T. Wan, C. Zhu, and Z. Qin, “Multifocus image fusion based on robust principal component analysis,” Pattern Recognit. Lett. 34, 1001–1008 (2013).
[Crossref]

S. Li, X. Kang, J. Hu, and B. Yang, “Image matting for fusion of multi-focus images in dynamic scenes,” Inf. Fusion 14, 147–162 (2013).
[Crossref]

2011 (2)

Q. Miao, C. Shi, P. Xu, M. Yang, and Y. Shi, “A novel algorithm of image fusion using shearlets,” Opt. Commun. 284, 1540–1547 (2011).
[Crossref]

S. Li, B. Yang, and J. Hu, “Performance comparison of different multiresolution transforms for image fusion,” Inf. Fusion 12, 74–84 (2011).
[Crossref]

2010 (2)

B. Yang and S. Li, “Multifocus image fusion and restoration with sparse representation,” IEEE Trans. Instrum. Meas. 59, 884–892 (2010).
[Crossref]

V. Aslantas and R. Kurban, “Fusion of multi-focus images using differential evolution algorithm,” Expert Syst. Appl. 37, 8861–8870 (2010).
[Crossref]

2009 (3)

A. M. Bruckstein, D. L. Donoho, and M. Elad, “From sparse solutions of systems of equations to sparse modeling of signals and images,” SIAM Rev. 51, 34–81 (2009).
[Crossref]

Y. Chen and R. Blum, “A new automated quality assessment algorithm for image fusion,” Image Vis. Comput. 27, 1421–1432 (2009).
[Crossref]

Q. Zhang and B. Guo, “Multifocus image fusion using the nonsubsampled contourlet transform,” Signal Process. 89, 1334–1346 (2009).
[Crossref]

2008 (3)

M. Hossny, S. Nahavandi, and D. Creighton, “Comments on ‘information measure for performance of image fusion’,” Electron. Lett. 44, 1066–1067 (2008).
[Crossref]

C. Yang, J. Zhang, X. Wang, and X. Liu, “A novel similarity based quality metric for image fusion,” Inf. Fusion 9, 156–160 (2008).
[Crossref]

S. Li and B. Yang, “Multifocus image fusion using region segmentation and spatial frequency,” Image Vis. Comput. 26, 971–979 (2008).
[Crossref]

2007 (1)

J. Zhao, R. Laganiere, and Z. Liu, “Performance assessment of combinative pixel-level image fusion based on an absolute feature measurement,” Int. J. Innovat. Comput. Inf. Control 6, 1433–1447 (2007).

2006 (1)

M. Aharon, M. Elad, and A. Bruckstein, “SVD: an algorithm for designing overcomplete dictionaries for sparse representation,” IEEE Trans. Signal Process. 54, 4311–4322 (2006).
[Crossref]

2000 (1)

C. S. Xydeas and V. S. Petrovic, “Objective image fusion performance measure,” Electron. Lett. 36, 308–309 (2000).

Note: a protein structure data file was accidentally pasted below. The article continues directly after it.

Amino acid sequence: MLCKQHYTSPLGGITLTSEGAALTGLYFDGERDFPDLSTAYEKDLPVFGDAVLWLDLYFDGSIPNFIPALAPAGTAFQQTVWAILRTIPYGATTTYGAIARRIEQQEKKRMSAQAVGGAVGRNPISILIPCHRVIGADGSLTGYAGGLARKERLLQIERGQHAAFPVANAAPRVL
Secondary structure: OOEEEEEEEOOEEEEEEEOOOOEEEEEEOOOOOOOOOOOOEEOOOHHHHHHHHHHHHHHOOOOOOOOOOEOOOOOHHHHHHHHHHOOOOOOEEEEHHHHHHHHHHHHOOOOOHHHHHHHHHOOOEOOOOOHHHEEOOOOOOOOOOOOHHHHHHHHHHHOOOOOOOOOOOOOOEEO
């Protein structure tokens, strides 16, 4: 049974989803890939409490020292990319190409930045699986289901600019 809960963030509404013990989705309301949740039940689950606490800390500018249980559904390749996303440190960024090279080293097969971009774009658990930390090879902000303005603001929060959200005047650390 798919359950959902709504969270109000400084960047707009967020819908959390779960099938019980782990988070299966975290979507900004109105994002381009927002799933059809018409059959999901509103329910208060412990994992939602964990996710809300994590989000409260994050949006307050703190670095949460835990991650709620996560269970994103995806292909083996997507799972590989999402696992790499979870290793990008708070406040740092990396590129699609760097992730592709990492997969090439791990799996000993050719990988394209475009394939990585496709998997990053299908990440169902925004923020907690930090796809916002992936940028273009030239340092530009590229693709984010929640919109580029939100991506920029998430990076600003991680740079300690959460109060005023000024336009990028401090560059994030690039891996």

[Crossref]

1995 (1)

H. Li, B. Manjunath, and S. Mitra, “Multisensor image fusion using the wavelet transform,” Graph. Models Image Process. 57, 235–245 (1995).
[Crossref]

Aharon, M.

M. Aharon, M. Elad, and A. Bruckstein, “SVD: an algorithm for designing overcomplete dictionaries for sparse representation,” IEEE Trans. Signal Process. 54, 4311–4322 (2006).
[Crossref]

Aslantas, V.

V. Aslantas and R. Kurban, “Fusion of multi-focus images using differential evolution algorithm,” Expert Syst. Appl. 37, 8861–8870 (2010).
[Crossref]

Bai, B.

Bai, X.

X. Bai, Y. Zhang, F. Zhou, and B. Xue, “Quadtree-based multi-focus image fusion using a weighted focus-measure,” Inf. Fusion 22, 105–118 (2015).
[Crossref]

Banerjee, S.

V. N. Gangapure, S. Banerjee, and A. S. Chowdhury, “Steerable local frequency based multispectral multifocus image fusion,” Inf. Fusion 23, 99–115 (2015).
[Crossref]

Blum, R.

Y. Chen and R. Blum, “A new automated quality assessment algorithm for image fusion,” Image Vis. Comput. 27, 1421–1432 (2009).
[Crossref]

Bruckstein, A.

M. Aharon, M. Elad, and A. Bruckstein, “SVD: an algorithm for designing overcomplete dictionaries for sparse representation,” IEEE Trans. Signal Process. 54, 4311–4322 (2006).
[Crossref]

Bruckstein, A. M.

A. M. Bruckstein, D. L. Donoho, and M. Elad, “From sparse solutions of systems of equations to sparse modeling of signals and images,” SIAM Rev. 51, 34–81 (2009).
[Crossref]

Cai, Z.

B. Yu, B. Jia, L. Ding, Z. Cai, Q. Wu, R. Law, J. Huang, L. Song, and S. Fu, “Hybrid dual-tree complex wavelet transform and support vector machine for digital multi-focus image fusion,” Neurocomputing 182, 1–9 (2016).
[Crossref]

Chai, Y.

H. Yin, Y. Li, Y. Chai, Z. Liu, and Z. Zhu, “A novel sparse-representation-based multi-focus image fusion approach,” Neurocomputing 216, 216–229 (2016).
[Crossref]

Chen, Y.

Y. Chen and R. Blum, “A new automated quality assessment algorithm for image fusion,” Image Vis. Comput. 27, 1421–1432 (2009).
[Crossref]

Chowdhury, A. S.

V. N. Gangapure, S. Banerjee, and A. S. Chowdhury, “Steerable local frequency based multispectral multifocus image fusion,” Inf. Fusion 23, 99–115 (2015).
[Crossref]

Creighton, D.

M. Hossny, S. Nahavandi, and D. Creighton, “Comments on ‘information measure for performance of image fusion’,” Electron. Lett. 44, 1066–1067 (2008).